Social media is an essential tool for any budding entrepreneur to connect with their audience. Platforms like Twitter, Instagram, TikTok, and YouTube offer unique methods of marketing to engage your audience and show off your brand’s identity. But if you’re a social media newbie or have only used social media for personal reasons, you might want to conduct research before delving into the world of social media marketing. In some ways, social media marketing for business and pleasure do share some similarities.
When we curate an online identity for ourselves, we create our own personal brand. We choose images and videos that present our best selves to our friends and family. When marketing their business on social media, many entrepreneurs make the mistake of over-promoting themselves or creating ads with too much text. Social media is an image and video-driven advertising tool and each platform requires a different promotional format. Furthermore, while our personal social media accounts represent our best or ideal selves, business accounts may benefit from emphasizing their authenticity. As author and social media expert Paul Gillin says, “Transparency may be the most disruptive and far-reaching innovation to come out of social media.”
Depending on their age, social media users may react to online advertisements differently, but most social media users have become accustomed to a constant stream of fake news and overexaggerated advertising. That’s why presenting a unique and authentic brand identity while also capitalizing on social media trends and tags will help your business stand out in a flood of identical ads. Sounds kind of like learning a whole new language? It can seem that way. Luckily, these business professionals have worked with social media and had firsthand experience with some of the most common social media mistakes. Read on to find out which social media marketing mistakes you should avoid when you’re just starting out.
Know Your Platforms
There are plenty of social media platforms to choose from. Facebook, Instagram, Twitter, TikTok, YouTube, Snapchat, Pinterest, and LinkedIn are probably the biggest players right now. Each platform is made up of a different audience—Facebook users, for instance, tend to be older than 40 while TikTok is steadily growing in popularity with Gen Z. Eric Elggren, Co-Founder of Andar recommends knowing your target audience and the type of media most prevalent on each platform before starting an account.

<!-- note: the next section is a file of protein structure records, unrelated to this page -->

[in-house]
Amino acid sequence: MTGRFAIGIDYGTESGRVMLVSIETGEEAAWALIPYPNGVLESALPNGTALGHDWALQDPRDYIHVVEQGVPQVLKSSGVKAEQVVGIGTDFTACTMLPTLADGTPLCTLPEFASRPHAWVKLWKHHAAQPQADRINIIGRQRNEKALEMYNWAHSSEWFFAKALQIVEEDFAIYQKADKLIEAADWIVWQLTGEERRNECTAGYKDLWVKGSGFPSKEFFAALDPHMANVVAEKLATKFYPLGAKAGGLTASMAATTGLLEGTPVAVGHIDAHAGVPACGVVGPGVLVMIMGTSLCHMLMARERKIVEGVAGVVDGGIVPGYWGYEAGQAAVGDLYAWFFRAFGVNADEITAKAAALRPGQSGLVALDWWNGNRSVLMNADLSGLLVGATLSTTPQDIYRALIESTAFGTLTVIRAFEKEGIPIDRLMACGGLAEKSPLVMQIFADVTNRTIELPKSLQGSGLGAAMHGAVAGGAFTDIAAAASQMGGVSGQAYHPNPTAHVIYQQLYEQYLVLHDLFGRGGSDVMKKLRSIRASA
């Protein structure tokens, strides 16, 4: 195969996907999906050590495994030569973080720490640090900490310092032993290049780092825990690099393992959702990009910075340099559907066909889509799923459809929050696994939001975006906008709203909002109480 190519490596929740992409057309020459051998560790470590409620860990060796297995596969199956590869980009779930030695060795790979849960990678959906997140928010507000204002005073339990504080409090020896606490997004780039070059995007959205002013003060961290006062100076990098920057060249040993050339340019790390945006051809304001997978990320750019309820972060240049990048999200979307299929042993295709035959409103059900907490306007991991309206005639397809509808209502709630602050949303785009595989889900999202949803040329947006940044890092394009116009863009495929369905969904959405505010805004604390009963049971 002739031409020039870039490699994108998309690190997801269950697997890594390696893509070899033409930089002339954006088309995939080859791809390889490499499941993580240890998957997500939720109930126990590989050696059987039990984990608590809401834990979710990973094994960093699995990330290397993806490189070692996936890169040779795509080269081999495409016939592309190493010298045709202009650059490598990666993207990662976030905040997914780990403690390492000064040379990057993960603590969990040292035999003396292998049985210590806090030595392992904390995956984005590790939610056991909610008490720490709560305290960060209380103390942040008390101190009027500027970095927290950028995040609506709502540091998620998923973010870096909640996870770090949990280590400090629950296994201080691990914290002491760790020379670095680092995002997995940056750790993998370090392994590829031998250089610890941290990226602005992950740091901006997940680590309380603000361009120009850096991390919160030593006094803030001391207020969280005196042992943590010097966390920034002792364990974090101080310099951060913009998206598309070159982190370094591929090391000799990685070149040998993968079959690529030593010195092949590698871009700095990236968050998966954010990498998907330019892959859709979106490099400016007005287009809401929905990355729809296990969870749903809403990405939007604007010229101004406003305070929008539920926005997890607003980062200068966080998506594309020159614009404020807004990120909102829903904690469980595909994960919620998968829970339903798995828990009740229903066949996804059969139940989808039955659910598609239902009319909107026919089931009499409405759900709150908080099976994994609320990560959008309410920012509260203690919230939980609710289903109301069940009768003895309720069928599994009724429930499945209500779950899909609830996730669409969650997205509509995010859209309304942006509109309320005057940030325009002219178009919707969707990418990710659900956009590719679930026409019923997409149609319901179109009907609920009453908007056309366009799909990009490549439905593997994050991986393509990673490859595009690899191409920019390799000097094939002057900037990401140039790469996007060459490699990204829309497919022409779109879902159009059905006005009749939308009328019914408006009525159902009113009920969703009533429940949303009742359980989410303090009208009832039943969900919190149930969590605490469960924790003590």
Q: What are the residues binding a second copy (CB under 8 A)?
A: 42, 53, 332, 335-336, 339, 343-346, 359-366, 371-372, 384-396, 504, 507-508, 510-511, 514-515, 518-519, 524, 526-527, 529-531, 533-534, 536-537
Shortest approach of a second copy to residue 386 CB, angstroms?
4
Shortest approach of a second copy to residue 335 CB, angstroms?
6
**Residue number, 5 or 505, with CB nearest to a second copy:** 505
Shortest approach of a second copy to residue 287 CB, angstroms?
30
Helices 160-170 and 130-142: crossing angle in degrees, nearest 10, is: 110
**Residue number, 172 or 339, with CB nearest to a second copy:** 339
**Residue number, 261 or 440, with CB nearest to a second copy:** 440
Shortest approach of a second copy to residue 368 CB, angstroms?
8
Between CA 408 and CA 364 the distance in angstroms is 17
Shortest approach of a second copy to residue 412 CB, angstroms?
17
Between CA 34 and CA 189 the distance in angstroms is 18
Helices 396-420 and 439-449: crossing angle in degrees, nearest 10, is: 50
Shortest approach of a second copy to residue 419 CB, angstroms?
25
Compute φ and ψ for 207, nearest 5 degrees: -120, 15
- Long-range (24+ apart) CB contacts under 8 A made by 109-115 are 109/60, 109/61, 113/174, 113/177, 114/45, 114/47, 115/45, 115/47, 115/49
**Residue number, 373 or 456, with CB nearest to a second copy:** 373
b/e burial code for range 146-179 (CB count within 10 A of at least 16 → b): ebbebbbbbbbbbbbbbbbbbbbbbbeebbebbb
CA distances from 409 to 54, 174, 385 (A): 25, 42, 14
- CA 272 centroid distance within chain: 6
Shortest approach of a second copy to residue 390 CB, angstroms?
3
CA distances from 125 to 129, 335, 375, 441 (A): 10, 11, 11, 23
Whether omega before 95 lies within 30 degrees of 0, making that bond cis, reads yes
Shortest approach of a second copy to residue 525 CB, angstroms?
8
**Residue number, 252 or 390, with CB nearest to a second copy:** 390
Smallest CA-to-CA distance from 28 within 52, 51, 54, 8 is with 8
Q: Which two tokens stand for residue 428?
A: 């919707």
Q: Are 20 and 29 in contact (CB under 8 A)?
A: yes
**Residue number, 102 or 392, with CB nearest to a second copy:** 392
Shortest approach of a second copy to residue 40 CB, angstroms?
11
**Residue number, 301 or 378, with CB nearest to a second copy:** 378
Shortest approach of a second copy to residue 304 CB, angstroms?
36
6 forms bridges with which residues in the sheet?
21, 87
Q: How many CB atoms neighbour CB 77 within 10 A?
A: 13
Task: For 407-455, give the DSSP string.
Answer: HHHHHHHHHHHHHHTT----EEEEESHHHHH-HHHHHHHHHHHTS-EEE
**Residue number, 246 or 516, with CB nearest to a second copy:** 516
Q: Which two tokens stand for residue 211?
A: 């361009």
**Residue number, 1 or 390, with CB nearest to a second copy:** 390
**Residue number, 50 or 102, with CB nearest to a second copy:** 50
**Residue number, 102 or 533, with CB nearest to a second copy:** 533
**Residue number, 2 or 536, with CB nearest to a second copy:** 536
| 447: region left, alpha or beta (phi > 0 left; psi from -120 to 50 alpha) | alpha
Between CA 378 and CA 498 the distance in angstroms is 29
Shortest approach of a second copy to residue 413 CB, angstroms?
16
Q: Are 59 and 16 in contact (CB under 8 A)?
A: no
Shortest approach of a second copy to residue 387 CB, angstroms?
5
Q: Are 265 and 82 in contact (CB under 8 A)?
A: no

“There is a learning curve with social media and it’s okay to start slow. I would choose one or two platforms to focus on until you get the hang of things. If your target audience is older, I would steer clear of TikTok and master platforms like Facebook and Instagram. Also, think about what you’re selling and what format it is best presented in, and think outside of the box. If you have a very aesthetically pleasing product like clothing or makeup, I would say that Instagram is going to be best for those high-quality photos.
YouTube is also great for high-quality videos presenting the scope of a product or service, but the average consumer’s attention span is only a couple of seconds. If you want to introduce your team or present testimonials in an authentic way, a shorter video on TikTok or Instagram Reels can grab your audience’s attention for those few seconds. Whichever platforms you choose, I would spend some time on those platforms looking at the formatting of the ads there.”
Track Analytics and Trends